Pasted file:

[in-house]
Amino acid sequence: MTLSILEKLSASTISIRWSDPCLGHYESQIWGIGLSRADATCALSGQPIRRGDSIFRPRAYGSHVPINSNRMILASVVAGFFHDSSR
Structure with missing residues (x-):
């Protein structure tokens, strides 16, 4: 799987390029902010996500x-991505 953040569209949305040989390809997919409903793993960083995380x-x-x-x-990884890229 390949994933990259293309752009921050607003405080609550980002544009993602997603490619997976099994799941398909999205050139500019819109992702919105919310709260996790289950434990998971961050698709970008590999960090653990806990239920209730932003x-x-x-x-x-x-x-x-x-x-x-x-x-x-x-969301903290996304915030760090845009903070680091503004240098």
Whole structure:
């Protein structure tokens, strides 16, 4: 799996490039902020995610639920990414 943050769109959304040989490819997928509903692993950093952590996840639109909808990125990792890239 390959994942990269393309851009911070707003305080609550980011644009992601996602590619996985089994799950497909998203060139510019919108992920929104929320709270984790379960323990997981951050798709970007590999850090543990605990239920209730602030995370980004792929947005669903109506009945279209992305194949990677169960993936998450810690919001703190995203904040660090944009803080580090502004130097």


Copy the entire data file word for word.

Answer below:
[in-house]
Amino acid sequence: MTLSILEKLSASTISIRWSDPCLGHYESQIWGIGLSRADATCALSGQPIRRGDSIFRPRAYGSHVPINSNRMILASVVAGFFHDSSR
Structure with missing residues (x-):
């Protein structure tokens, strides 16, 4: 799987390029902010996500x-991505 953040569209949305040989390809997919409903793993960083995380x-x-x-x-990884890229 390949994933990259293309752009921050607003405080609550980002544009993602997603490619997976099994799941398909999205050139500019819109992702919105919310709260996790289950434990998971961050698709970008590999960090653990806990239920209730932003x-x-x-x-x-x-x-x-x-x-x-x-x-x-x-969301903290996304915030760090845009903070680091503004240098």
Whole structure:
């Protein structure tokens, strides 16, 4: 799996490039902020995610639920990414 943050769109959304040989490819997928509903692993950093952590996840639109909808990125990792890239 390959994942990269393309851009911070707003305080609550980011644009992601996602590619996985089994799950497909998203060139510019919108992920929104929320709270984790379960323990997981951050798709970007590999850090543990605990239920209730602030995370980004792929947005669903109506009945279209992305194949990677169960993936998450810690919001703190995203904040660090944009803080580090502004130097």